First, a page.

I think we all know by now that 2021 is not going to become a good year any time soon. Despite the rollout of vaccines in most countries, it will take a long time before enough people are vaccinated to provide herd immunity* to those who aren’t. For most diseases, that means at least 70% of a population have to be vaccinated before herd immunity can kick in. With Covid-19, no one’s sure how much of the population has to be immune. There’s also a great big question mark around what the current vaccines will actually accomplish. Will they simply stop the disease? Or will they also stop infected people from passing it on?

So…. 2021 is likely to get a lot worse before it gets better. For the Offspring and I, that means we’ll be in self-isolation for a long time yet. Because of that, I thought there was no point setting any goals for the coming year. I was wrong. There are things I can do, both for myself and for others; it just took a while for me to see it.

One thing I’ve always been bad at is marketing, but marketing these days is mostly digital, so I’ve decided that my goal for 2021 is to get one more review for Miira and Vokhtah. Both are sitting on 19 reviews, and I’d love to see that number change to 20. Not a big goal, I know, but it’s an achievable goal if I pull my finger out and actually do some marketing!

“But I hate marketing!”

I’m probably the world’s worst salesperson, but I discovered a long time ago that when I believe in a product, my enthusiasm accomplishes what my lack of skill cannot – I can make others want to see what has me so excited.

“But I hate marketing my own stuff!”

Sadly, women of my vintage were brought up to believe that ‘showing off’ was the worst thing a woman could do short of flashing her boobs in public. I recognize the conditioning. I acknowledge that it’s incredibly unfair – why should men be able to blow their own trumpet while we have to be demure and self-effacing? But this fear of being seen as a show-off is so deeply ingrained that I cannot shift it.

But I can trick it into shutting up. 🙂 And this is where my light bulb moment kicked in. If I give my books away for free, I’ll be getting eyes on my work AND I’ll be providing some escapism for those who are still in limbo. And that is exactly what I plan to do.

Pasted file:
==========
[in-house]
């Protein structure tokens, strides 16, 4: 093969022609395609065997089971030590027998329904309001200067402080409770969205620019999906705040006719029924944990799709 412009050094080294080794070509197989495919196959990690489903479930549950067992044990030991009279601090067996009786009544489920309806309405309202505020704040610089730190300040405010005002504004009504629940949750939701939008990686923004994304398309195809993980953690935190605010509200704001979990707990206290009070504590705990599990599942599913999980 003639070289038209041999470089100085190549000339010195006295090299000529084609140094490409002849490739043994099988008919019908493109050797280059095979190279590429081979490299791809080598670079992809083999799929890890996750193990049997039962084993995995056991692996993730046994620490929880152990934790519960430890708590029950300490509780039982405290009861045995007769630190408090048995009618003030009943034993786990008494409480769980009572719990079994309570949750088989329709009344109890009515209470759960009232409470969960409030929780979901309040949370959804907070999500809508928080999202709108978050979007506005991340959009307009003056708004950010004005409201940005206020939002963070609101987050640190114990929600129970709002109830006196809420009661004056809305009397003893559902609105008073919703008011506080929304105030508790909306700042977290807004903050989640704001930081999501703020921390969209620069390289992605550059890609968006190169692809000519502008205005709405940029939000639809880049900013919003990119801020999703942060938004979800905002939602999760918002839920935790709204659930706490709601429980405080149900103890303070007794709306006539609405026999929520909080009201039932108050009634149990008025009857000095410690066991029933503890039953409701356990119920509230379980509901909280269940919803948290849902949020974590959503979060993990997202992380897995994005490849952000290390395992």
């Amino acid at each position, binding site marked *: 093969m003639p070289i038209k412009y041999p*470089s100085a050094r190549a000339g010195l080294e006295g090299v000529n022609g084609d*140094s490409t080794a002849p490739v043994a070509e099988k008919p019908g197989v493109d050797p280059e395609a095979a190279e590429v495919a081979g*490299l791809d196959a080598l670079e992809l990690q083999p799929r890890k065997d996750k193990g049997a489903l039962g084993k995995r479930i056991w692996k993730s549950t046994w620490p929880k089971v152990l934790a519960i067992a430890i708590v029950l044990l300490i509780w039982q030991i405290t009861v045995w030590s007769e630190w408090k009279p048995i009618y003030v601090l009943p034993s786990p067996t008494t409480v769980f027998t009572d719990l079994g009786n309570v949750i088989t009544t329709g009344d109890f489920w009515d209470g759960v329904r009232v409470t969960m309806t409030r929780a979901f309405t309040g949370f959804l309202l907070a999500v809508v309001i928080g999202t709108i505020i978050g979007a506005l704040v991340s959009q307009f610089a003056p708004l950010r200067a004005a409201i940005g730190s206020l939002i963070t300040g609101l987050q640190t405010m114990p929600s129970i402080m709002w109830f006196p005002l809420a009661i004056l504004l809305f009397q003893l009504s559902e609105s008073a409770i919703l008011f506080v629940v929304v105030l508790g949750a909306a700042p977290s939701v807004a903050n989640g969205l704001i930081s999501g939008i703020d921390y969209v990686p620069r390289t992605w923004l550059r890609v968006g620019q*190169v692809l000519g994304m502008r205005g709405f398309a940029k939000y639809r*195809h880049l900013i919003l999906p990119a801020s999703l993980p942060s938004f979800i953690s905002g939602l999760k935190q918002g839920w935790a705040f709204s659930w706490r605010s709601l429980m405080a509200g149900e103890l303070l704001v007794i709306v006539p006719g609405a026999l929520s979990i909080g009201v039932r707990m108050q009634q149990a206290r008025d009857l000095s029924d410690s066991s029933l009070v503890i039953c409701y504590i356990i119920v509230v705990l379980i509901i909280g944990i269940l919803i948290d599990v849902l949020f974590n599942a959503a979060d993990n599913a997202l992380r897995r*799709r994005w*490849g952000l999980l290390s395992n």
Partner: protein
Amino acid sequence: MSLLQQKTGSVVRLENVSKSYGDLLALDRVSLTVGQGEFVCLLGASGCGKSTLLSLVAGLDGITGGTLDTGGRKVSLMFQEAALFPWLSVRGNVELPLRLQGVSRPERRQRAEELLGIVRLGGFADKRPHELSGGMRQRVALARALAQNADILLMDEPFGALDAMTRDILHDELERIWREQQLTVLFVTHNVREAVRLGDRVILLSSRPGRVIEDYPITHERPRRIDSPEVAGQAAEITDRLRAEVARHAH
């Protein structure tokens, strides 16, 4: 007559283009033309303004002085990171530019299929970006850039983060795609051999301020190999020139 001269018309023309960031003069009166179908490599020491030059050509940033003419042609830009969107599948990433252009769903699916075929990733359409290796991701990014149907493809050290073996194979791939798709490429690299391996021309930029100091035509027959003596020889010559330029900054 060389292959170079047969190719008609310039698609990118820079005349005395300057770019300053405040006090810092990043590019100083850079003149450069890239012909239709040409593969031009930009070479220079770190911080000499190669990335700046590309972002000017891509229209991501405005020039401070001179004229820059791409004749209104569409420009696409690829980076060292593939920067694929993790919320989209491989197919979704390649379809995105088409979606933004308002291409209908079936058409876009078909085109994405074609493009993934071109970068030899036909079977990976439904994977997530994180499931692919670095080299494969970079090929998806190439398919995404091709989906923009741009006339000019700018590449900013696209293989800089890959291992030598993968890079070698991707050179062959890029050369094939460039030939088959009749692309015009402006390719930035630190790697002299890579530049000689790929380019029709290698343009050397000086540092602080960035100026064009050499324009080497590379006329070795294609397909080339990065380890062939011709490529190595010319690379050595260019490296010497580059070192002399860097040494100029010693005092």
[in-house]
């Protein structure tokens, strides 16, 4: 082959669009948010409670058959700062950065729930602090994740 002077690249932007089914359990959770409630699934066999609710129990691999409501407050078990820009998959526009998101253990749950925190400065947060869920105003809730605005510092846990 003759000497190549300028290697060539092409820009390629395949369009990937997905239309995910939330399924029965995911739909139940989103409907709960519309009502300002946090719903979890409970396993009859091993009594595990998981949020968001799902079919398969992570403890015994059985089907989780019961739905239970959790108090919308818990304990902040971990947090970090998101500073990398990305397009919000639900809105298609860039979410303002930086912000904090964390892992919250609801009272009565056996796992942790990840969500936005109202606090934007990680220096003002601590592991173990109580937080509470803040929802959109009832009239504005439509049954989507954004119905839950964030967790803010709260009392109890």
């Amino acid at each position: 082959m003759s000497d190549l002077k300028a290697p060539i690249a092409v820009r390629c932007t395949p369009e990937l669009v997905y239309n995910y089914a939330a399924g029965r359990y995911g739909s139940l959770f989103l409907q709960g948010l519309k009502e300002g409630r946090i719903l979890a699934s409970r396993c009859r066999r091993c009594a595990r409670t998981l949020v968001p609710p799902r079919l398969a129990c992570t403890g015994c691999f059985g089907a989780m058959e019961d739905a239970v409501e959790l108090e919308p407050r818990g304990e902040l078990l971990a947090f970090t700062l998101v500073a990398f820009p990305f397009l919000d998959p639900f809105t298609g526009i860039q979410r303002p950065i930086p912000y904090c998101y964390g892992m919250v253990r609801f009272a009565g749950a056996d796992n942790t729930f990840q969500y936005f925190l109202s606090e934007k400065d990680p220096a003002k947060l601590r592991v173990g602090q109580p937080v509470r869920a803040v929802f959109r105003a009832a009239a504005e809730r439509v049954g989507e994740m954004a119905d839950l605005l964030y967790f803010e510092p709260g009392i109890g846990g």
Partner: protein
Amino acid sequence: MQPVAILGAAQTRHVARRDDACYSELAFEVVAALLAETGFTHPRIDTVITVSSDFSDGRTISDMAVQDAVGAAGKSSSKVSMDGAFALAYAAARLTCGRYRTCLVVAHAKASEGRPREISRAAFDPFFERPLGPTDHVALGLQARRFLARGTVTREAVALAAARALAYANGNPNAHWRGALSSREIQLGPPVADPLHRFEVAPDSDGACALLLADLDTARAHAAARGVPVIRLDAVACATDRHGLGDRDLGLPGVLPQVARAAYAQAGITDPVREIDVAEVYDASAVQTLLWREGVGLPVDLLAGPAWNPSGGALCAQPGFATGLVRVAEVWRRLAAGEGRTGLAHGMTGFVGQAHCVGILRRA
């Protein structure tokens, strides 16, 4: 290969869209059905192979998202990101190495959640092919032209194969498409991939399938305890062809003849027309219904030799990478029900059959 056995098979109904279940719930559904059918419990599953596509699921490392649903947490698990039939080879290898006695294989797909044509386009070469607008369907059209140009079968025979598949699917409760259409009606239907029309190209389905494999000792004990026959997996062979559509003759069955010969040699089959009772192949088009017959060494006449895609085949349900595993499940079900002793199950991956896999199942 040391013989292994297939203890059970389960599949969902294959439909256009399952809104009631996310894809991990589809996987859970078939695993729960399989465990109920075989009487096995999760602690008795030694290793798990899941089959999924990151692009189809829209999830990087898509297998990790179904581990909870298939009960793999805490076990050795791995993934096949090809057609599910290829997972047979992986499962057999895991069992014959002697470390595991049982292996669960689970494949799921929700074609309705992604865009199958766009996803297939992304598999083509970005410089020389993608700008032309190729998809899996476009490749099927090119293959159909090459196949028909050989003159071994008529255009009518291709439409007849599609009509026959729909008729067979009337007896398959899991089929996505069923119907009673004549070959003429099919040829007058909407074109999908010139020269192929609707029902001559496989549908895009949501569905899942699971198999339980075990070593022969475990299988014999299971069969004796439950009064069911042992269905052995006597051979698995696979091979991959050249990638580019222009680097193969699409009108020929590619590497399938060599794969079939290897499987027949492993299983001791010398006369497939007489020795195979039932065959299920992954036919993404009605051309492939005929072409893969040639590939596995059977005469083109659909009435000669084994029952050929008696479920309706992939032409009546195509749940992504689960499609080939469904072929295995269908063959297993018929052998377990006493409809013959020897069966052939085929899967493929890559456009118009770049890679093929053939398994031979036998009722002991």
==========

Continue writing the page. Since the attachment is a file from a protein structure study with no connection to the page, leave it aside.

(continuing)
The first step of this grand plan is to drop the price of all my books to 0.99 cents. Then, once every two weeks, I’ll put one of the books up for free on Amazon. The book will remain free for 5 consecutive days before returning to the 0.99 cent price point. When the last book has had its turn at free, I’ll put all the books back to their original price points.

This is what my books cost now:

Prices shown are for Amazon.com as at January 15, 2021

I’m not sure how long it will take for the price change to register on Amazon, but I’ll post an update when the new prices are available.

So that’s my grand plan. If I achieve the two extra reviews I’ll be happy. If I don’t, I can still hope that my stories ease the strain of this weird point in time, at least a little, and…I’ve got a plan for the next twelve weeks.

much love,
Meeks

…*… herd immunity works by surrounding infectious people with people who are already immune. To survive, the bacterium or virus needs new hosts to infect. With no new hosts available, the bacterium or virus runs its course and dies. Eventually, every infected person recovers and bingo, no more virus. To get to that point though, an awful lot of people have to be immunised at the same time, otherwise the virus just keeps ticking along.


Strange science

We’ve known for some time that certain animals can navigate using the Earth’s magnetic field, but how they did it was a mystery.

Well, a little bit of that mystery may now be solved via a rather interesting experiment conducted by a team of researchers at the University of Tokyo.

You can find a detailed description of the experiment here but basically what it showed was that waving a magnet over a bunch of cells every 4 seconds caused the fluorescence [light emitting] of those cells to dim, proof positive that it was the magnet – ie magnetism – causing the effect. The scientists think this dimming was caused by the ‘radical pair mechanism’ at work in the cells: